No, there is no such thing.
No, our priority should be evangelism.
No, the science is still unclear.
Yes, it is our job to care for creation.
Yes, concern for the climate is neighbor love.
Yes, we need to address all social issues.
I don't know.

Total Votes: 8288
Poll can be taken or viewed here.

Tuesday, June 20, 2006

I had considered being a little more in line with traditionalism...

So I was considering, among other options, the possibility of joining the Anglican church in the distant future.

But then there's those pesky Episcopalians. What's next for them? The first Christian denomination to allow a practicing Wiccan to become a licensed priest?

The Lord's Supper a la Peanut Butter Sandwiches?

Monday, June 19, 2006

Ships passing in the night...

Daniel Smith (the fearless leader of the decade + old Danielson Famile, Danielson Family, Bro. Danielson, Danielson Starship, etc.) and Sufjan Stevens are related. They play and sing on each others records. They record each other. Steven's records were released on Smith's label, Sounds Familyre. And Sufjan's relative breakthrough Seven Swans was produced by Smith, with his band (that is, the band that makes up the Famile wherein the members - much like the Ramones - have the last name. Unlike the Ramones, these guys are actually blood relatives) backing Steven and solely released on the SF label (I couldn't even find it on Sufjan's Asthmatic Kitty Records). And they make beautiful music together, relatively speaking of course.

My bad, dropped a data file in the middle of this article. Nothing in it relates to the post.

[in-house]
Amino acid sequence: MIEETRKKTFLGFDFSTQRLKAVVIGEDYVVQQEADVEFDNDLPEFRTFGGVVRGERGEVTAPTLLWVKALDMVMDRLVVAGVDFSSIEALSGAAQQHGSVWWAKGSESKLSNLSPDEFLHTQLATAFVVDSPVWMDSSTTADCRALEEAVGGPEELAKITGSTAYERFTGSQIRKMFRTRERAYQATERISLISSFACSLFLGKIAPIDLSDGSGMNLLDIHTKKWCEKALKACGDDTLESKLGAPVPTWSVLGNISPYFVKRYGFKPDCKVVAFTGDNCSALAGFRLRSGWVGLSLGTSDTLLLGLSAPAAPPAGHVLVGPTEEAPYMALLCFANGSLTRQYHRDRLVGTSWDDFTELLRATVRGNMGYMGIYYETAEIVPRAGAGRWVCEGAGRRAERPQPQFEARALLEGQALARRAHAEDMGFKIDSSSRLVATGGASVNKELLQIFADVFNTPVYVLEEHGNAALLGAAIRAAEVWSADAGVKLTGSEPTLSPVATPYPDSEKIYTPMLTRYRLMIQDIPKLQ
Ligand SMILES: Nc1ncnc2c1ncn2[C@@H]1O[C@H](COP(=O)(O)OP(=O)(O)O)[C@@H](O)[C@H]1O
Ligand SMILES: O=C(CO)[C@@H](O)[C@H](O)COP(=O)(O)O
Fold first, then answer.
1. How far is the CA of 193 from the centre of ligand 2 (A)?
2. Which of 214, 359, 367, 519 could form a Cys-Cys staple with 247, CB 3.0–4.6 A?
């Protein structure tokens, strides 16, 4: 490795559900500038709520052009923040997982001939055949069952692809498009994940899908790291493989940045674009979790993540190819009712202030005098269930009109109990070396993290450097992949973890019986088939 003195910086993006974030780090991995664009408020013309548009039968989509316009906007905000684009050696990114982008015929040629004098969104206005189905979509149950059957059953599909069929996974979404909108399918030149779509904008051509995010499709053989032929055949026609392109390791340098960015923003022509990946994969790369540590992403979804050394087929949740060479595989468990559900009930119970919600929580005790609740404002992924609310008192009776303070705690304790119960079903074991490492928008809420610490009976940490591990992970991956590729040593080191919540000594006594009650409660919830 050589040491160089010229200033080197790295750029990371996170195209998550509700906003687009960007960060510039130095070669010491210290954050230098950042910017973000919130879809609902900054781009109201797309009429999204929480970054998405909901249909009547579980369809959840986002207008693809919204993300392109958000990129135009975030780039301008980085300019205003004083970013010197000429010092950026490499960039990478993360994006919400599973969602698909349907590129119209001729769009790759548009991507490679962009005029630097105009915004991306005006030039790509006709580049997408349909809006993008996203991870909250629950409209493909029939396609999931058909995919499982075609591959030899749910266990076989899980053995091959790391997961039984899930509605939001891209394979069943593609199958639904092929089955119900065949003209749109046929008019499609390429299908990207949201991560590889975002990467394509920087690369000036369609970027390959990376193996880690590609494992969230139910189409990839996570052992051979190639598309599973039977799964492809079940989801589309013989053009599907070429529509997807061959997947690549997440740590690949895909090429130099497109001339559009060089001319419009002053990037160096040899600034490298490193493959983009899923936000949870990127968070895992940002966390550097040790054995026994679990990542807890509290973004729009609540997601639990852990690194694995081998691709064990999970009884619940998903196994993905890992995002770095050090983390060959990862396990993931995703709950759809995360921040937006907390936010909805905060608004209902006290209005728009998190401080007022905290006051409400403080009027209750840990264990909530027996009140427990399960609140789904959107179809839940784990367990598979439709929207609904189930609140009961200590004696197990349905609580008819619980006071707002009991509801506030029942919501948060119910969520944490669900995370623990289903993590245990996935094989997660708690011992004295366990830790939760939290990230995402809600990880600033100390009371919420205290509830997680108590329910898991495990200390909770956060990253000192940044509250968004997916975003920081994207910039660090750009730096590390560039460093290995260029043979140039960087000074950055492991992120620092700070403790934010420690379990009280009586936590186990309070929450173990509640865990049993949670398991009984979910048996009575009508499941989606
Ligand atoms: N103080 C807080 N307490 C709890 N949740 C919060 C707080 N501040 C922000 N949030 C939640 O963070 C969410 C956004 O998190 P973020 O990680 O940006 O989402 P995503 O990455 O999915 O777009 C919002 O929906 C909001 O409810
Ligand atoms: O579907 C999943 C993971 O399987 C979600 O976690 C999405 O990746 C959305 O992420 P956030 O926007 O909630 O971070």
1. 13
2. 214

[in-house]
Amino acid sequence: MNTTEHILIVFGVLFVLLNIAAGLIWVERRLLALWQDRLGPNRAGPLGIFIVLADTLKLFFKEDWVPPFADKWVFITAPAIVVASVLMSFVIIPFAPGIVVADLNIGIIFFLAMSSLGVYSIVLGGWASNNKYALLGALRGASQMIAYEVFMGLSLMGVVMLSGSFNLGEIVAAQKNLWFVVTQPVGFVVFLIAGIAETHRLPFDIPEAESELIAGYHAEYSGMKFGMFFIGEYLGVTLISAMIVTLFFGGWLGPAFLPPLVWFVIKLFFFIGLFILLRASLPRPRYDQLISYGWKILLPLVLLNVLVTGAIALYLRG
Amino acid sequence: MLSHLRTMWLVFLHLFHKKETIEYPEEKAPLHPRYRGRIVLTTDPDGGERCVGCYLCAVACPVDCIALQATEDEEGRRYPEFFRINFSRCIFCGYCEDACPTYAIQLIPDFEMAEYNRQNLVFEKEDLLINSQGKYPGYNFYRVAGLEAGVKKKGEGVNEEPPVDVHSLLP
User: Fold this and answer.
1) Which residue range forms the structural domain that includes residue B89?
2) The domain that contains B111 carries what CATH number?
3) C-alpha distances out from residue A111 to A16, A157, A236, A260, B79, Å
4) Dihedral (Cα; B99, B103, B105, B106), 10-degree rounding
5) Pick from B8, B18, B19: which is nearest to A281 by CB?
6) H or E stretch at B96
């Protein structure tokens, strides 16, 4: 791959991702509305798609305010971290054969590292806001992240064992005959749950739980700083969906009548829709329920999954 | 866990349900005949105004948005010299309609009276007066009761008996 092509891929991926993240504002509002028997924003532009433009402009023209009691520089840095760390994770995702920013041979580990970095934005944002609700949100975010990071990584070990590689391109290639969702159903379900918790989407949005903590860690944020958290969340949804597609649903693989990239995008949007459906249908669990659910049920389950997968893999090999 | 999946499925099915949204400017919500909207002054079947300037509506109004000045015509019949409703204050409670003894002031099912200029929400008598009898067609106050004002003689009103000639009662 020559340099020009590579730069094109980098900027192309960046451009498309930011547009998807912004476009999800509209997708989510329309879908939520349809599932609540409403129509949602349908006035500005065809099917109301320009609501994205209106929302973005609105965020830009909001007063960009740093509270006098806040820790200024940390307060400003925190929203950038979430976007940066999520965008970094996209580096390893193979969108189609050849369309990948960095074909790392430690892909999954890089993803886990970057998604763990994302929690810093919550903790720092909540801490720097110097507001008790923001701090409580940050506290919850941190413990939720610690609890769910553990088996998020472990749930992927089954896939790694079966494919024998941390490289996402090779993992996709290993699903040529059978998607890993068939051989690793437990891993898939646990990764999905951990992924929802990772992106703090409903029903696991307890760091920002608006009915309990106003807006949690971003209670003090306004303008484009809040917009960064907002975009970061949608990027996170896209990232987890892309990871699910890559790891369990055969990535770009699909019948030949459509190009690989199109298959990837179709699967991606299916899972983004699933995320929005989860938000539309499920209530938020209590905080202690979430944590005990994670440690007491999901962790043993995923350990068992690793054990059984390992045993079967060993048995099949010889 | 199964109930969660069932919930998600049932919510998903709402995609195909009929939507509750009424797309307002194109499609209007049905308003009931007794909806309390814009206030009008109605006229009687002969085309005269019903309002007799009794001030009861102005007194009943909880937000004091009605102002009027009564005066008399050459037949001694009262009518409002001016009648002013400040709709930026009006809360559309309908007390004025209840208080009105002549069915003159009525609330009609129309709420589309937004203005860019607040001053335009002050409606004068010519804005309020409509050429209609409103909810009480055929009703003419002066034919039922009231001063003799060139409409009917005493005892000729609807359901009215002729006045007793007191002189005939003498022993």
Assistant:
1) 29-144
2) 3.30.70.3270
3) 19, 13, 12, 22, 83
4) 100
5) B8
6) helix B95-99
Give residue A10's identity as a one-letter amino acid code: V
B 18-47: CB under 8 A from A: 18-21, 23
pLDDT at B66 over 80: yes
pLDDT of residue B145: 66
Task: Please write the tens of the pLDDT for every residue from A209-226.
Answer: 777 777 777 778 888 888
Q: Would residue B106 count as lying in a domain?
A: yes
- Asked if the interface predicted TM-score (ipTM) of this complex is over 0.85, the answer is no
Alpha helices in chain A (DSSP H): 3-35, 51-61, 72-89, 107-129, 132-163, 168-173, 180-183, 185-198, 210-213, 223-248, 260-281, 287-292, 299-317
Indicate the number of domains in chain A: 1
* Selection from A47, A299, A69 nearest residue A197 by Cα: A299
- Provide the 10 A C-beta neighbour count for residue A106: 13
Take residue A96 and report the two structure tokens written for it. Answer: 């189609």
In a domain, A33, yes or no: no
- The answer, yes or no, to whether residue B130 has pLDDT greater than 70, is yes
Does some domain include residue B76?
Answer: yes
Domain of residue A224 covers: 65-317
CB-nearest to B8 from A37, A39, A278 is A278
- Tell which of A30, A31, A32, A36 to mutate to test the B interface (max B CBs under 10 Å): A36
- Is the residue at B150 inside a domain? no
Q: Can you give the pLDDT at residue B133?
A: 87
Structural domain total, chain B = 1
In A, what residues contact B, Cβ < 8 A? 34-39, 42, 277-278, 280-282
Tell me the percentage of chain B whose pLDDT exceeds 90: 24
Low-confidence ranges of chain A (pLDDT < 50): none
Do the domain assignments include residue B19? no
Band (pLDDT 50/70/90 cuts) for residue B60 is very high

It makes sense though. The reigning king of indie orch-pop would hook up and perform (live as well as in the studio) with a fellow believer and boundary-pushing indie artist who's also interested in atypical arrangements for pop music.

The difference is, Danielson seems more interested in a swirling asthetic of percussive instruments. But it doesn't seem much less arranged. Whereas Steven is a bit more laid-back and meditative (and neither would be confused for a folk-singer from the 60's - not this side of Bob Dylan), everything around Danielson- at least in his solo debut, Ships - seems to urge on and further. Xylophones, piano keys, drum kits, snares, triangles, even the strumming of guitars and banjos, the whole surrounding is every bit propulsive and percussive, as if life itself is a seemingly random series of poundings that, sounded together, is positive, life-affirming and quite harmonic. Multi-layered virtual choirs don't drown out, but rather emphasize his weird screeching falsetto (for some reason, it works for me, where Brian Wilson's recent attempts don't). And as Pitchfork noted in their review (9.1 out of 10), it is probably the most rocking independent record released all year.

There's also a doc on the Danielson collective searching for distribution, called, appropriately enough, Danielson: A Family Movie. Check snippets and news here.

BTW, if you wanna listen to some of Sufjan's soon-to-be-released Avalanche album, click here.

Sunday, June 18, 2006

"A Mighty Fortress Is Our God" was sung where first?

Growing up, I was acutely aware of the dangers and evils of alcohol. My father, on top of being heavily epileptic, downsized and virtually unemployable as a result of the new economies of the late '80s and early'90s (that is, with nothing more than a GED) drove himself further and further away from reality under the influence. Without the histrionics and drama so prevalent in blogger-world (and sometimes within myself), his abuse of the spirits nearly destroyed our family and left scars on each of his five children. Although my father would quit drinking heavy alcohol before I finished high school and would move south with the rest of my family and eventually - with the help of 12-step programs and a believing and supporting community - be clean and sober, I swore off all alcohol.